Predictions by panchangs have been tested too. In 2012, researchers from Sri Venkateswara University and Rashtriya Sanskrit Vidyapeetha in Tirupati published a paper in the Indian Journal of Science and Technology comparing meteorological predictions in the panchangs and real-time observations in Tirupati between 1992 and 2004. They found a 63.6 per cent correlation between the rainfall predicted in the panchangs and recorded rainfall.
In October 2002, Chennai-based non-profit M S Swaminathan Research Foundation (MSSRF) initiated a project to document traditional knowledge on weather forecasting and to examine its reliability. A host of indicators of rain based on cloud shape and colour were hypothesised during this project. For instance, if there are small streaks in the clouds, one can expect rain in two days. Or if black clouds appear in December and January, rain is likely on the third day from the day of observation.
Similar studies have been done in Andhra Pradesh. In its 2008 book, CRIDA documented a range of indicators used by farmers in the state. Farmers say that dark clouds moving east, clouds in northwest direction, dark gigantic clouds in the west and south, low clouds, overlapping clouds and low clouds moving in opposite direction are short-range indicators of rain. Others, such as red clouds at sunrise and sunset, are medium-range indicators that signal rainfall 3-5 days in advance.
As opposed to district-level scientific predictions issued by the India Meteorological Department (IMD), traditional forecasts work at the field level. Moreover, traditional methods can give short-range, medium-range as well as long-range predictions. “Science has not come up with a useful alternative to the traditional methods for long-range forecasting,” says Vidyadhar Vaidya, assistant professor, agricultural meteorology department at AAU.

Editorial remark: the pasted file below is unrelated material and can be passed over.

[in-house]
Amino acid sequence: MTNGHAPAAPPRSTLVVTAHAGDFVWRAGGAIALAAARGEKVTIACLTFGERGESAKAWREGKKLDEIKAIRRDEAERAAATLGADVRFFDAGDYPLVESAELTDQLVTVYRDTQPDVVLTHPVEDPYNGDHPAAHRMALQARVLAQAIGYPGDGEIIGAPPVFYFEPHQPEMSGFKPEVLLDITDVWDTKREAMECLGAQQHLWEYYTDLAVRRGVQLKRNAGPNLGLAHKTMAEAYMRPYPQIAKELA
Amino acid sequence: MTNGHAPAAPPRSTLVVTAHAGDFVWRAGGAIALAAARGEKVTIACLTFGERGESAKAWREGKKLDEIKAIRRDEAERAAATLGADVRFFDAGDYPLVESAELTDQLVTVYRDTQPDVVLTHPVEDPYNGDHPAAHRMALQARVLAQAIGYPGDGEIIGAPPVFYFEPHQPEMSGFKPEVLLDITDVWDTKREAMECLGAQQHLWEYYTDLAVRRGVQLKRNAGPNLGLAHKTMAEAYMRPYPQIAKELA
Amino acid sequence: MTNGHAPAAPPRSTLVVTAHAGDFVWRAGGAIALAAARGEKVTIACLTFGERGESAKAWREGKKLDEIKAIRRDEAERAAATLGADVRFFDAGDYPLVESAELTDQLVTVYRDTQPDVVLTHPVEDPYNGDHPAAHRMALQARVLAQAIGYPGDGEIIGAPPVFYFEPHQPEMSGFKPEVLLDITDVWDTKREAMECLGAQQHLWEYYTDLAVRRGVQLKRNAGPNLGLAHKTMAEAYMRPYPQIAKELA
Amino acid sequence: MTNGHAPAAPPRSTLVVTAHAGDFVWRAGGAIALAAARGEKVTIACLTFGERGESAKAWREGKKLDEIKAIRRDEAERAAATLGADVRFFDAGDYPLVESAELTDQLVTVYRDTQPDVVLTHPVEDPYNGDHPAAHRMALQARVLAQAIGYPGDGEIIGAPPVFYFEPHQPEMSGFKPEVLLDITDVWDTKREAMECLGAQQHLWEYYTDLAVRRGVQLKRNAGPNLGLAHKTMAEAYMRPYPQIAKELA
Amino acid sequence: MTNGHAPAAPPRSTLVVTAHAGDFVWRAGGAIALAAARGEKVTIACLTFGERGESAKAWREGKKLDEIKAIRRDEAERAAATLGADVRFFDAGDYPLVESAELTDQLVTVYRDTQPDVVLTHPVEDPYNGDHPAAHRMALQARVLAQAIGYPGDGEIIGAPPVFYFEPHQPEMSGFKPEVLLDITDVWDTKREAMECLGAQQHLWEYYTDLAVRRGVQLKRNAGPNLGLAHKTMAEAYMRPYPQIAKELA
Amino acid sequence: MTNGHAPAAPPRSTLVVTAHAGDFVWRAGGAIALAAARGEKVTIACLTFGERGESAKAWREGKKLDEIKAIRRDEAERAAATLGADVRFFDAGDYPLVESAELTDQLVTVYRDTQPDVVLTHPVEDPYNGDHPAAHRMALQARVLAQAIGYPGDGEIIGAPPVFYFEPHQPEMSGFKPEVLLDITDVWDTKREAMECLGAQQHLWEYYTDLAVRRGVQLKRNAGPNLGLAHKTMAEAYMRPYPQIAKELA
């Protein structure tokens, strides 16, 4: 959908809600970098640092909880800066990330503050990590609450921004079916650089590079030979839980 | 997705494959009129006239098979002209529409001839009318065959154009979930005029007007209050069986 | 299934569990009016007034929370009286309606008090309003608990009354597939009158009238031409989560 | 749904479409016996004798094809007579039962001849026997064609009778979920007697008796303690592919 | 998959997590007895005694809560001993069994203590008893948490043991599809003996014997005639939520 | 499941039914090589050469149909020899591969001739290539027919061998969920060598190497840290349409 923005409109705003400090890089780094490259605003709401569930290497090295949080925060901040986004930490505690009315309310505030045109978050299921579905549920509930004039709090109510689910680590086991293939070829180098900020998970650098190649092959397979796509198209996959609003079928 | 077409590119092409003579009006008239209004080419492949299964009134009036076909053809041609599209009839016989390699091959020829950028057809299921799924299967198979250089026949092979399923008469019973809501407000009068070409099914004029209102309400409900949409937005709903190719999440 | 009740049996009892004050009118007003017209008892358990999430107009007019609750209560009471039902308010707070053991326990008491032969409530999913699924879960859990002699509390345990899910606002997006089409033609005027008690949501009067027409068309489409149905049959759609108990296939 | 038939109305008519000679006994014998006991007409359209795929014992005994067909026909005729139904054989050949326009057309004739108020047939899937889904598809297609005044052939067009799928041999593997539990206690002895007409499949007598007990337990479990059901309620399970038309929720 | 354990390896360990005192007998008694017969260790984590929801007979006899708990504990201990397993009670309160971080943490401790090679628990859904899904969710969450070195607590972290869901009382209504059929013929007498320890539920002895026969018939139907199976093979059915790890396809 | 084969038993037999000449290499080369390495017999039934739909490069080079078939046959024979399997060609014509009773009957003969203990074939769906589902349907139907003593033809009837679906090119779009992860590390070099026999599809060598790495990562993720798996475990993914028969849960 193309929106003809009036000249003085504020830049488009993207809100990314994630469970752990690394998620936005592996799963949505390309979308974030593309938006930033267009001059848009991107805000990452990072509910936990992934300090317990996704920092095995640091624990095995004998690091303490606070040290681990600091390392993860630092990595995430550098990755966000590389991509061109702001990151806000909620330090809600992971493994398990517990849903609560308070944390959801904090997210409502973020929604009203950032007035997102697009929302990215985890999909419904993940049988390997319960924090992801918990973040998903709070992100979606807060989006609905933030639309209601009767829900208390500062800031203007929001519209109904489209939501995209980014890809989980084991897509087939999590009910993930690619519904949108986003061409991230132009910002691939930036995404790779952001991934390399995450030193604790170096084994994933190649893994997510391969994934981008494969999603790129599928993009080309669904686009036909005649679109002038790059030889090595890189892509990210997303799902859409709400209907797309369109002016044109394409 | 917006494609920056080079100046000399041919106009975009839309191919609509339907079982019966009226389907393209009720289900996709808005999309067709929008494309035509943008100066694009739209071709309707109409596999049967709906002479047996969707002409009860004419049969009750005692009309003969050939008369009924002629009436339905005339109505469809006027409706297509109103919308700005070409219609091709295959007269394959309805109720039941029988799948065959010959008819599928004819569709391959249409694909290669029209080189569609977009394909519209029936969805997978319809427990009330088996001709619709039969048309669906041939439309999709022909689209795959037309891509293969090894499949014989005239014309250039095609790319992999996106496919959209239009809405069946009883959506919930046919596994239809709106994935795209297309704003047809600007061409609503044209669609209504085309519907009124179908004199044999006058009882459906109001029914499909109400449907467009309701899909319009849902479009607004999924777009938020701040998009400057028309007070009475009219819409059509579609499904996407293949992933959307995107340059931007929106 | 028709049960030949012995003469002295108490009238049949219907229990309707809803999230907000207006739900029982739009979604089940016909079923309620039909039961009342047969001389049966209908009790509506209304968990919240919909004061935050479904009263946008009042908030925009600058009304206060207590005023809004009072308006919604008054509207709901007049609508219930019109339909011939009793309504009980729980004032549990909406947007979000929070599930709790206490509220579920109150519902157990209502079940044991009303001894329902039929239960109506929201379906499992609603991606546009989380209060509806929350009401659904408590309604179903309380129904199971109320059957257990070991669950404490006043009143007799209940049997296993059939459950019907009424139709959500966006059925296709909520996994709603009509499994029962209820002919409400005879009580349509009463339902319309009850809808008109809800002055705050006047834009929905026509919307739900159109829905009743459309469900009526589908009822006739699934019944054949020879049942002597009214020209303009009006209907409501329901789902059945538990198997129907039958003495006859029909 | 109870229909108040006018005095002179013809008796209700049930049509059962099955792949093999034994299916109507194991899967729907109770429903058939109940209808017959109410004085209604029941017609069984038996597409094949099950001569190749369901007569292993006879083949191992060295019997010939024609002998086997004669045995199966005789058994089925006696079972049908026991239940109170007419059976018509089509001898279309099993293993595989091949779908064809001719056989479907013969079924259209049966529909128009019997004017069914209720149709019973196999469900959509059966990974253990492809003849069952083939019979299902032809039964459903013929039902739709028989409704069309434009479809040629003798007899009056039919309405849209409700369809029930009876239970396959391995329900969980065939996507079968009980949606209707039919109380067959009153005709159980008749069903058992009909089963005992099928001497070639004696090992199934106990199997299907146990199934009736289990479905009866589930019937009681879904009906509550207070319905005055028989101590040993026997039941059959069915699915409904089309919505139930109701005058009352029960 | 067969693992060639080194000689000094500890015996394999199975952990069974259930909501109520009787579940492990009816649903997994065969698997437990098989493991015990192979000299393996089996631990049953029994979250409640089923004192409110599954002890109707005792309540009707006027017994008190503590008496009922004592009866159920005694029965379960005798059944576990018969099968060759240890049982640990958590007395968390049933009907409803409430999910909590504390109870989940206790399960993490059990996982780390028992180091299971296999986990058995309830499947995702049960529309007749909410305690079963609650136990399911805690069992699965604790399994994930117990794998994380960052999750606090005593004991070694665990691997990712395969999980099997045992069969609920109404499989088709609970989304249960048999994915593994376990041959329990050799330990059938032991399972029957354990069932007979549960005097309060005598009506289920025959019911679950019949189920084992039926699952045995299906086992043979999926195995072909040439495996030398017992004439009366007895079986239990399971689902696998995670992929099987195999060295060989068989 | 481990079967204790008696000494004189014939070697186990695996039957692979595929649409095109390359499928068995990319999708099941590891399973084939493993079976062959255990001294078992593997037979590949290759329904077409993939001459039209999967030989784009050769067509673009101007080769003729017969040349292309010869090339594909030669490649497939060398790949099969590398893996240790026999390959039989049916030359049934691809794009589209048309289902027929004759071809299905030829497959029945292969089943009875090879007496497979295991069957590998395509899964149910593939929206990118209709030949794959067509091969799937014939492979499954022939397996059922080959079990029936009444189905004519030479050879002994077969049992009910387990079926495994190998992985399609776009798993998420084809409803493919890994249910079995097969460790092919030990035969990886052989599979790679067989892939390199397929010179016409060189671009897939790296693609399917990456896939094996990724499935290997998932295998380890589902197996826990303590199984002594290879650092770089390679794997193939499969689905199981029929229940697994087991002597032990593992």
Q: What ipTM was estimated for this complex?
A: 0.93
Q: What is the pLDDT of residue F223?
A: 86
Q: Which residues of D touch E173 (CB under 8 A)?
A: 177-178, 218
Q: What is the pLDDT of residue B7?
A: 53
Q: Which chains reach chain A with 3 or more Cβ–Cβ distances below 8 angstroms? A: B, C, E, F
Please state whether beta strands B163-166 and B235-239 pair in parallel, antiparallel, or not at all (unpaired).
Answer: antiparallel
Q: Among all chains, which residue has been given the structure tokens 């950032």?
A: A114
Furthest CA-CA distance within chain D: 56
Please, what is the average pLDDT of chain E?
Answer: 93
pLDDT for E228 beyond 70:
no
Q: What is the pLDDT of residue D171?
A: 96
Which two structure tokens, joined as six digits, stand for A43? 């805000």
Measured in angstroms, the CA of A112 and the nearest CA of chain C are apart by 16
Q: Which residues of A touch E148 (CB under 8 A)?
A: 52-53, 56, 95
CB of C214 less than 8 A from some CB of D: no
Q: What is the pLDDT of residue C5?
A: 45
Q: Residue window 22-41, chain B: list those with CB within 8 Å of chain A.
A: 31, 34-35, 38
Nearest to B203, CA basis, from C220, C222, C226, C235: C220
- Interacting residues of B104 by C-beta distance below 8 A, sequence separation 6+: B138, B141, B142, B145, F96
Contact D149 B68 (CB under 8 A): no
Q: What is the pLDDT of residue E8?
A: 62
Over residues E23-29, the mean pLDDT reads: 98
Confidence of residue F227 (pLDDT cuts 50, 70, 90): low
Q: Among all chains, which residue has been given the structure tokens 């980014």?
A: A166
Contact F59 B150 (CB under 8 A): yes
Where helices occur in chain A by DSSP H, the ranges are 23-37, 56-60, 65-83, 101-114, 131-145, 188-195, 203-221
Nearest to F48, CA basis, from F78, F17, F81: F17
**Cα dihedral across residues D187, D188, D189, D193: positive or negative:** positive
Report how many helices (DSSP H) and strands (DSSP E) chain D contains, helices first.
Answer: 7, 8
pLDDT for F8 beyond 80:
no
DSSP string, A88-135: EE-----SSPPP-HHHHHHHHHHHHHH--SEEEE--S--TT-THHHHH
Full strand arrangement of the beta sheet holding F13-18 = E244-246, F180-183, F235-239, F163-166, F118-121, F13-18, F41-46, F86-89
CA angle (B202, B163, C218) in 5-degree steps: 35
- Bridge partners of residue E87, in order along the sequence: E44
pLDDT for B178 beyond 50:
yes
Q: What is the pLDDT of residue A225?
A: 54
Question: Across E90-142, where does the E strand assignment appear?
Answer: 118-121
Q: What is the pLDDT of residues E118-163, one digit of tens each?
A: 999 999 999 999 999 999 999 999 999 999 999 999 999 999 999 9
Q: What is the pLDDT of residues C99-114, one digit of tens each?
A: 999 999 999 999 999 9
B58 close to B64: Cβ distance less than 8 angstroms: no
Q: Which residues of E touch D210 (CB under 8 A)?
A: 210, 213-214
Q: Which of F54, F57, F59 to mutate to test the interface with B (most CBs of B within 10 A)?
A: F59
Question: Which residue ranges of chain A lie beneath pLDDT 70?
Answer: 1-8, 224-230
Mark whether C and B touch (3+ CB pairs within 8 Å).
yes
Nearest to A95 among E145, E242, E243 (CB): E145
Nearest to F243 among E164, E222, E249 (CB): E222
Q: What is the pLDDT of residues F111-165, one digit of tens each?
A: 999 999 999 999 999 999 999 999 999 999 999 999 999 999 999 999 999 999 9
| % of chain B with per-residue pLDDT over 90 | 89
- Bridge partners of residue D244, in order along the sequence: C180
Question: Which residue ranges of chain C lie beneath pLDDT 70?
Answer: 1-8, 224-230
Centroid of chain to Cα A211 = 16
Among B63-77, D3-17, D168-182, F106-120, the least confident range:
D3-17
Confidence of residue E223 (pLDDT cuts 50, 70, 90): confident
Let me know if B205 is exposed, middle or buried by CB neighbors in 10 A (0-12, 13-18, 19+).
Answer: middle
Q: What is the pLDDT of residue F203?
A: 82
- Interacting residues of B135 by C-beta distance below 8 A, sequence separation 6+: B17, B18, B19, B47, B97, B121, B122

“We have documented and tested a range of traditional forecasting methods in the last 22 years. Not all of them have passed our tests. We discard such methods and discourage farmers from using them. At the same time, we encourage farmers to use methods that have proven to be true every time they were tested, such as the Bhadali vakya about winds on Holi,” says Kanani (see ‘Relevant through the ages’).
Though scientific forecasting is believed to be more accurate, IMD predictions are often wrong. A farmer’s cognitive landscape is tuned to incorporate the plurality of knowledge networks, says R Rengalakshmi, principal coordinator, gender and grassroots institutions, MSSRF. There is a possibility to bridge the two different knowledge systems, she adds.
Relevant through the ages
If THE wind comes from the north and the west on the day of Holi, the year will witness heavy monsoons. If the winds come from the east, it will be a dry year," says a song by Bhadali. He has given a similar correlation between the wind on Akshay Tritiya and the onset of the rainy season.
Farmers in Saurashtra still use his songs for long-term weather predictions and they have been found to be quite accurate. In 1990, the India Meteorological Department predicted normal rainfall for the country. But farmers in Saurashtra did not receive any rain till mid-August. One of Bhadali's couplets—If there is rain accompanied by lightning and clouds on the second day of Jayastha (the Hindu month beginning in the second half of May), there will be no rain for 72 days—came true. That year, in Saurashtra, it rained on June 4 and then, after a 72-day drought, on August 15, exactly as Bhadali had predicted.
This article was a part of the cover story issued in August 16-31 issue of Down To Earth